Retail giant Next, which has around 20 stores in Northern Ireland, has cut its profit outlook again and warned trading remains under pressure after an 8.1% plunge in high street sales.
Shares fell as much as 7% at one stage after the worse-than-expected first quarter performance as the group battles against falling consumer confidence and the impact of mistakes in its clothing range last year.
Next said its Directory arm performed better than its stores over the 13 weeks to April 29, with sales up 3.3%, but total full-price sales were still 3% lower.
The group cut the top end of its profit guidance after the disappointing trading, with full-year profits expected to be between £680m and £740m - a drop of between 6.4% and 13.9%. It comes after Next posted its first fall in annual profits for eight years in March.
The group warned: "The UK consumer environment remains challenging, particularly in the clothing and homeware markets, and real wage growth is now close to zero."
Lord Wolfson, chief executive of Next, said he was expecting "more of the same" in the group's second quarter as action to overhaul its clothing ranges will take time to turn sales around.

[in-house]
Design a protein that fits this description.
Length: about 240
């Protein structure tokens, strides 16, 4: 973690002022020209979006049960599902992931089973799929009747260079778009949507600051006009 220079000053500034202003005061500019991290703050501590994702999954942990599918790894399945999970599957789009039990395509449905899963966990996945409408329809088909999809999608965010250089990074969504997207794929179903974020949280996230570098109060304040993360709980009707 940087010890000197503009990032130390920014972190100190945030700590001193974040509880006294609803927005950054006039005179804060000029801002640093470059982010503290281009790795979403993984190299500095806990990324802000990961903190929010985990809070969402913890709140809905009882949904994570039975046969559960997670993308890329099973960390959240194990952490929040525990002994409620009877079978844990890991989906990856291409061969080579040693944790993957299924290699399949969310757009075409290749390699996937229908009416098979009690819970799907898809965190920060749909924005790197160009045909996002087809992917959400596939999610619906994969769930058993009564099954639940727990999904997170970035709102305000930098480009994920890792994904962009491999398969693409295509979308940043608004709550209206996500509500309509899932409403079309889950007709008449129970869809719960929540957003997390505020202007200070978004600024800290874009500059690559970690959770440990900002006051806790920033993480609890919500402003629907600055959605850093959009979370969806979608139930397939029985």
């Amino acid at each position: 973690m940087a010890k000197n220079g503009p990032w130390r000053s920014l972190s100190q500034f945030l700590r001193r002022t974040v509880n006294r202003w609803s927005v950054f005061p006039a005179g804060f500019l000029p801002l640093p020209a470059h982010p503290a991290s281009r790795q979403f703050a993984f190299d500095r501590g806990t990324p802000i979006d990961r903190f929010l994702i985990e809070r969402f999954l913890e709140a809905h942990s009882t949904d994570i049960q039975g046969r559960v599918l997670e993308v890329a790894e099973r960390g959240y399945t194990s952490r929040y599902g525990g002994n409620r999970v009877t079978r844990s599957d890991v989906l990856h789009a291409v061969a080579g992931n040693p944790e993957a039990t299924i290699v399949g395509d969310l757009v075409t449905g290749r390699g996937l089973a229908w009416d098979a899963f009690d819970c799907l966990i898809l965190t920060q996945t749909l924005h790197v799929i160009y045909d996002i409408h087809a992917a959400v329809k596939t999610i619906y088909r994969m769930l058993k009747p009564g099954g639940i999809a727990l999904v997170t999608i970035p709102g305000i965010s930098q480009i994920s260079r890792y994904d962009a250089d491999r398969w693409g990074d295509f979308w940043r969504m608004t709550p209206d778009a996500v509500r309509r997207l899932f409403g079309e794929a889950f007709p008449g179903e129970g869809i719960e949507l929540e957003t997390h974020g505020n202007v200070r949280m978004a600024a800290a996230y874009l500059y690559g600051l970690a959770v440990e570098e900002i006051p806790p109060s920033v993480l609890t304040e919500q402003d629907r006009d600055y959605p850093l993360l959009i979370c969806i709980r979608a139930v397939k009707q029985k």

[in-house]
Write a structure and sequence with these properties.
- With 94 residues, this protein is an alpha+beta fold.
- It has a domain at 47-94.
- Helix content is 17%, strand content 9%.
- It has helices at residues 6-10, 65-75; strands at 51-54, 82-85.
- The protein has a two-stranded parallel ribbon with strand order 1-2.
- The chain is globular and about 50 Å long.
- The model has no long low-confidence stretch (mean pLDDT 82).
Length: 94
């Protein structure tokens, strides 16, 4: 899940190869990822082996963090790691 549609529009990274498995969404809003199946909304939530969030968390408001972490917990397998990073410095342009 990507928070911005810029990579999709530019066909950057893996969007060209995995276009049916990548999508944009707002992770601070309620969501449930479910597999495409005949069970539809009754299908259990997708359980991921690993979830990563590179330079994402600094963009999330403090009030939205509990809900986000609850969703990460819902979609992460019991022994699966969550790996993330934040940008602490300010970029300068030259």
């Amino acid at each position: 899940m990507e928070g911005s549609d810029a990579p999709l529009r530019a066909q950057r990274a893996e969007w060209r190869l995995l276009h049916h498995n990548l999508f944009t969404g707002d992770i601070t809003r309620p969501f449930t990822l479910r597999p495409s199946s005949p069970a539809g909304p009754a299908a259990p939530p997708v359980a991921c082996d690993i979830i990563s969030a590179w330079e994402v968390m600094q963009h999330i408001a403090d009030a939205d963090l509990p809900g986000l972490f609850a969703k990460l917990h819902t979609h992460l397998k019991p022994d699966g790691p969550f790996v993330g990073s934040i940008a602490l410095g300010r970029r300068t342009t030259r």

"There's general pressure on the high street, but the omissions in our own range are hitting our sales over and above any downturn," he added.
The group admitted in March its lines were missing the wardrobe staples Next is renowned for, such as easy-to-wear work blouses in a number of colours.
"We said that we expected some improvements from May onwards, but that our ranges would not be where we wanted them to be until the autumn season in September," Next said yesterday.
"We still believe this to be the case," it added.
Shares in rival Marks & Spencer also fell, down more than 2%, as Next added to growing concerns over a consumer spending slump caused by the squeeze on household finances from rising prices.
Sainsbury's warned on Wednesday that falling consumer confidence was hitting its clothing and general merchandise sales growth. It posted an 8.2% fall in annual profits.
The pound's fall since the Brexit vote has sparked a surge in inflation, with prices rising across food, energy, clothing and fuel.
Next has hiked prices by 4% after seeing buying costs pushed higher by the pound's fall.
George Mensah, retail analyst at Shore Capital, warned that pressure on Next was not set to ease, compounded by mounting competition from the likes of Amazon Fashion and M&S.
M&S on Wednesday announced it had poached Halfords boss Jill McDonald to lead its clothing and beauty push, while Amazon Fashion has launched its own-brand range called Find.
Mr Mensah said Next's move to address shortfalls in its ranges "will not be sufficient" to offset these wider trading pressures.